How do I locate a private investigator?  Well, the telephone book is probably your worst resource.  Internet searches are good and becoming better.  If you can get a referral, that’s great.  Attorneys are sometimes a good source for referrals.  Professional associations can be a good source for referrals, particularly associations which require or expect certifications, and/or standards for continuing education.  A quick word about ‘certifications’ (and there are many floating about):  some ‘certifications’ can be simply purchased for a small fee, and as a result are meaningless.  Always investigate the certifying association or body, and what is required to obtain a particular certification. These days this is easily done on the internet.  As with any profession, private investigation is definitely a profession filled with many skilled, educated and experienced people, and unfortunately quite a few duds.  Ask questions, get quotes and be an informed consumer.  If you don’t, you could quickly find yourself on the receiving end of a civil suit.

When I search for qualified private investigators in other areas of the country, I almost always look for someone with a law enforcement background.  Again, anyone, and I mean almost anyone short of an identifiable ex-felon, can become a private investigator.  A potential client should look for experience, references, and educational background – anything about the private investigator that you could conceivably verify, and would tend to give him or her a degree of credibility.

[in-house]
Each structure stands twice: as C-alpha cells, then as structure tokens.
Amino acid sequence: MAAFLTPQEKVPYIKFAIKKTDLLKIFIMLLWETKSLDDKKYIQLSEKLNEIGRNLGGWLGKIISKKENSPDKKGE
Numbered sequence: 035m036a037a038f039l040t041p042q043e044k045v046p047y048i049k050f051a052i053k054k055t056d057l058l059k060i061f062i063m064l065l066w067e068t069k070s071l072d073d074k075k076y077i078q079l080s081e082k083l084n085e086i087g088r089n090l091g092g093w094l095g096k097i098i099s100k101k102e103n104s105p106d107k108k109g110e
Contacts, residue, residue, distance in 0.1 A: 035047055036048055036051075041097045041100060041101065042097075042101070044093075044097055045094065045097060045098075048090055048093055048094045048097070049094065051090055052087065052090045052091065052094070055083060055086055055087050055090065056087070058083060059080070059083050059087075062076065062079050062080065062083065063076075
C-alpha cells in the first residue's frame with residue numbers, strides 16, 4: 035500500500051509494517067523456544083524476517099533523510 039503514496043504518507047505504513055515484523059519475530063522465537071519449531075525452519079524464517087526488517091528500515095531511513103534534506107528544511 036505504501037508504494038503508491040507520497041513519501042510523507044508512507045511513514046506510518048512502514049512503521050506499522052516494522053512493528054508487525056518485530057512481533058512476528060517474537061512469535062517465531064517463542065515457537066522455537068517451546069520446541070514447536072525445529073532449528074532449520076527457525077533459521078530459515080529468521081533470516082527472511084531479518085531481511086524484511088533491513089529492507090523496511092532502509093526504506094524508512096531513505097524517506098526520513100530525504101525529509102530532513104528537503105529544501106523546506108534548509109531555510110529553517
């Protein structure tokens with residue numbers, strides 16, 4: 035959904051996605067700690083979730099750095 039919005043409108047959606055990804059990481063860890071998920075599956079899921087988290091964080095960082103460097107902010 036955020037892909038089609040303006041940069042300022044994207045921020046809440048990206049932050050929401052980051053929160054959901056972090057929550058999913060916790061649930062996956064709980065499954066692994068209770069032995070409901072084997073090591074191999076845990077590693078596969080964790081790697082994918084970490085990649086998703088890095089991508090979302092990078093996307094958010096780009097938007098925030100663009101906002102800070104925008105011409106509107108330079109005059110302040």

Good private investigators do have a certain amount of overhead:

Some have offices and staff.

Truly competent private investigators will subscribe to several databases, not customarily available to the general public.  They are not free.  These databases greatly expedite investigations, not to mention that they contribute professional thoroughness.

Advertising is critical.  If a PI doesn’t advertise through various outlets, the public just won’t find him.

All licensed PIs are required to take courses on various investigative subjects, plus ethics.
They belong to professional associations (all have dues).

If ‘certified,’ the PI will have additional fees to maintain the certification – as well as educational requirements that must be fulfilled.

All PIs usually possess an abundance of investigation related equipment such as cameras (still and motion), recording devices, tracking equipment, telescopic equipment, and – if they do quite a bit of surveillance – they will have a specially outfitted van.

Last, but not least, the professional PI must carry Errors and Omissions Insurance as a protection for the Client and for himself.

Final Thought:  Many believe that private investigation is easy.  Those people watch too much television.  It isn’t easy.  It can be difficult, stressful and sometimes dangerous.

Oh and one other thought:  As the client of a PI, you are invariably going to reveal some information that you consider confidential – perhaps even intimate details of your personal life.  Pick someone that you feel you can trust.

True Nelson